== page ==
One theory behind Mo Farah’s transformation this year from European Champion to world beater
The world has gasped at Mo Farah’s transformation this year from one of the world’s best into favourite for tomorrow’s 10,000m at the IAAF World Championships. Along with the astonishment have come questions about how it has come about. Yet have most overlooked one basic factor?
For a start, I do not believe his improvement has been as sudden or extreme as it may first seem. Farah ran a British record of 12:57.94 this time last year in Zurich, but some have suggested he would have been capable of quicker with more racing of the right competitive opportunities.
He may be capable of around 10 seconds quicker than that at the moment, which at that level is enough to take you being from being just one of many to the best in the world. Improve from 13:20 by 10 seconds and few eyebrows are raised, but do it when you’re already running 12:57 and it seems more remarkable.
Further, the transformation may have appeared to have happened overnight, but all this of course has come about as a result of years of hard training, which have a long-term effect that can be heightened by further adaptations in training.
That said, his improvement time-wise this year has admittedly been significant when put in the context of elite level running. Explanations have been put forward for this, but none have convinced me.
The input of Alberto Salazar has been the theory most widely spouted, but Farah only moved to the United States to train under the top American coach in the spring. It is difficult to see how Salazar could effect such a change in the short period to when the Brit ran 26:46.57 in June.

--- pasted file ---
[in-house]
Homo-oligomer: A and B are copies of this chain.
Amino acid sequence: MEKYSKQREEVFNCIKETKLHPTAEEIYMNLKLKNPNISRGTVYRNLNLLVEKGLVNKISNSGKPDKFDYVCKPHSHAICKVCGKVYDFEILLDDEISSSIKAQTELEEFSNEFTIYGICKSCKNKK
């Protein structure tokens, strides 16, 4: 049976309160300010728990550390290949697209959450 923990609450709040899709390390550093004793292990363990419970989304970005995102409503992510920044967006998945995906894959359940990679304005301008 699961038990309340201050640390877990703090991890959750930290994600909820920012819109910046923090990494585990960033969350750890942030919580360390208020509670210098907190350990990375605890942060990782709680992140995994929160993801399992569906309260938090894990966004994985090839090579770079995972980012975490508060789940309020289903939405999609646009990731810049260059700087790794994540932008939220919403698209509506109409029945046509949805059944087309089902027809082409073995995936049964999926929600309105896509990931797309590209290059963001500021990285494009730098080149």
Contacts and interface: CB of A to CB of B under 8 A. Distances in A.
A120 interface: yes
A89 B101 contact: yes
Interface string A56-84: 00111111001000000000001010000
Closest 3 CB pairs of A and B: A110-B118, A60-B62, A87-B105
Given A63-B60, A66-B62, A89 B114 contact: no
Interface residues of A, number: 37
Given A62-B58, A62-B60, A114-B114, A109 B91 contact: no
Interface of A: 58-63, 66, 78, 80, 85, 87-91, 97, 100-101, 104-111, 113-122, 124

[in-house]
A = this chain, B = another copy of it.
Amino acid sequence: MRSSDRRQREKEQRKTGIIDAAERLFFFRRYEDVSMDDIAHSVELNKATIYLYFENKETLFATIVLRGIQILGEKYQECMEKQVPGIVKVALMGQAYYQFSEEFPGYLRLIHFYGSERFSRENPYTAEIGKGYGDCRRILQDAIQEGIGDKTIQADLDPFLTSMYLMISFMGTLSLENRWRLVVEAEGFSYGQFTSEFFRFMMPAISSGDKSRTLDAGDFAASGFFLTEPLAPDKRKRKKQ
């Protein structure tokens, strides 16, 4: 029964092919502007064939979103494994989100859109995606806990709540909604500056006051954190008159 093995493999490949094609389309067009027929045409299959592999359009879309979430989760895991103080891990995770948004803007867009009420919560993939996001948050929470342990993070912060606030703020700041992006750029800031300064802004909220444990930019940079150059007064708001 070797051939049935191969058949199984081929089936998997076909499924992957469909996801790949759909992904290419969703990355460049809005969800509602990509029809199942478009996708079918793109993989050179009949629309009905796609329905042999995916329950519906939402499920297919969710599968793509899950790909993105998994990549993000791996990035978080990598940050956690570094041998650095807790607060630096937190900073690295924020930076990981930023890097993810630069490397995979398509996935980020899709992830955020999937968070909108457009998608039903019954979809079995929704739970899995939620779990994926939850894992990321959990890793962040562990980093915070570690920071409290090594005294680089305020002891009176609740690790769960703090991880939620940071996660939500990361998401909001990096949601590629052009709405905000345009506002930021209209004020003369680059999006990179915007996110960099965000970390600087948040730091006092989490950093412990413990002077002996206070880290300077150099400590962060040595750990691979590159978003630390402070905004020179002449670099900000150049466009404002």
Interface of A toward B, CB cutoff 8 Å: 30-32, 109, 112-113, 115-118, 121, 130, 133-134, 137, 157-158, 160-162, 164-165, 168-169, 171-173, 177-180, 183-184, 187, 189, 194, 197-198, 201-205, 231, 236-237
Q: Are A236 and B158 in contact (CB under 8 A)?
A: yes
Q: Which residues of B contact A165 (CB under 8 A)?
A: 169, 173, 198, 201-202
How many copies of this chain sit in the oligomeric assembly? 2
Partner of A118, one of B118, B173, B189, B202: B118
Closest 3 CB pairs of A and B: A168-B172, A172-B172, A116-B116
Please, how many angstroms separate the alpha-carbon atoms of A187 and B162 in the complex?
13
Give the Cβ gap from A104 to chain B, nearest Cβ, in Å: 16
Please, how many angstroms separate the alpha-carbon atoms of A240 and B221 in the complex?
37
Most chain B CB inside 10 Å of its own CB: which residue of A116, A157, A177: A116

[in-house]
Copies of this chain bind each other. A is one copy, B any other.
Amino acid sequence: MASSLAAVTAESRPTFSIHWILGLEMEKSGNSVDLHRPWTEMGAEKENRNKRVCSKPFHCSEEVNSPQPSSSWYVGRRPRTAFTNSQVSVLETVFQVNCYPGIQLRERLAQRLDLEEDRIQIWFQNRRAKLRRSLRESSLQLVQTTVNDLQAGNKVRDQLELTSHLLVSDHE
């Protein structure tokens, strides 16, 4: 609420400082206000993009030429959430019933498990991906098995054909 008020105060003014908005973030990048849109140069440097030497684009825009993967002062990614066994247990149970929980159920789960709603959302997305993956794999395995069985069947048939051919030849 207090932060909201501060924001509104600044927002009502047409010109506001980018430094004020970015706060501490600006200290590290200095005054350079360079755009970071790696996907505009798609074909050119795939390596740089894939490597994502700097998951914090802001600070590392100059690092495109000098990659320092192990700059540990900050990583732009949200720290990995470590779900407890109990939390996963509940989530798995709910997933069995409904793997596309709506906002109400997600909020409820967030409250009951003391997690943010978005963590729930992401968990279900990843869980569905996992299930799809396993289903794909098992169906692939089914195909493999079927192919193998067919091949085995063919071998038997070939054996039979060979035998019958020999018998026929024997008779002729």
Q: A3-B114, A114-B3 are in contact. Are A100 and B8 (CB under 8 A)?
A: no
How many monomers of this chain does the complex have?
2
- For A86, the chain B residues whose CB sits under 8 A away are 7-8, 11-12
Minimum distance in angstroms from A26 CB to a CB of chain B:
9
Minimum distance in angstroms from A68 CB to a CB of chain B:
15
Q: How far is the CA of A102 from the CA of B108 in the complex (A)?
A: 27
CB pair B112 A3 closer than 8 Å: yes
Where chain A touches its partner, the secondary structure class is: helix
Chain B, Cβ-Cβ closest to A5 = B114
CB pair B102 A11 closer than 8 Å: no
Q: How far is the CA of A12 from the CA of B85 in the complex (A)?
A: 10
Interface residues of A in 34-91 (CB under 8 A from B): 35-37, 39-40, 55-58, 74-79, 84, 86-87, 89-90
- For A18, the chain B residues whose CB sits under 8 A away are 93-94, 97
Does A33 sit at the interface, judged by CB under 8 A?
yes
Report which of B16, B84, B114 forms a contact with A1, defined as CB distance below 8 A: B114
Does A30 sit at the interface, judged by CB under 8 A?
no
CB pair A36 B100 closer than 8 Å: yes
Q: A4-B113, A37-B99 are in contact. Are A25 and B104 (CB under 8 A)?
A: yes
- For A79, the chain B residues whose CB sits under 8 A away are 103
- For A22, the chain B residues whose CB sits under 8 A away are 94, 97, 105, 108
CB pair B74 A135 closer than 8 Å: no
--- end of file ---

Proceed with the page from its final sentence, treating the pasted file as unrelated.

However, what few appear to have picked up on is the fact that he is now wearing the lightest spikes in the world and that could make a huge difference.
According to his sponsors Nike, Farah wears Nike Zoom Matumbo for distances up to 5000m and the similar model Zoom Victory for 10,000m. Both are quoted at around 90-100g for a UK size 9 and to my knowledge are the lightest in the world. Last year, according to his previous sponsors Adidas, he wore Adidas Adizero Avanti, which are claimed to be 145g.
It is commonly accepted that lighter footwear generally leads to faster times. A rate of one second per ounces (27g) per mile is often quoted. I normally meet with unbelieving grins and huge scepticism when I use this argument, but I am a great believer in this concept. Using the one second per ounce per mile rule, you are around six seconds quicker over 5000m in the Matumbo or Zoom compared to the Avanti – a not inconsiderable amount at world-class level.
What this also illustrates is that if merely wearing shoes that are 50g lighter can make you six seconds quicker over 5000m, other seemingly small adjustments could also add up to a sizeable improvement.
So is there any way that anyone can beat Farah tomorrow? His performances this season that only a fully-fit Bekele would be able to do so.
My suggestion to any sub-27-minute 10km runner entered would be to consider taking off the spikes and racing barefoot! It would be a bold move which may backfire, but it could be the only way to beat Farah.
I am amazed that more elite athletes have not tried barefoot racing. Bruce Tulloh, the 1962 European 5000m champion, is a great believer in the barefoot approach and reckoned it gained him about four metres per lap. I tried it last weekend and ran 10 seconds quicker over 5000m than I would have predicted wearing my Matumbos – and having raced frequently of late, I was well aware of my fitness.
The hardness of tracks varies and not everyone could manage it. Indeed, six days after running on a comparatively soft track, my toes are still sore after they were cut in several places.
Of course, ditching spikes for the first time for a World Championships final is a desperate move and ill-advised under most circumstances – but it may be that such drastic measures are the only route to anyone beating Farah tomorrow.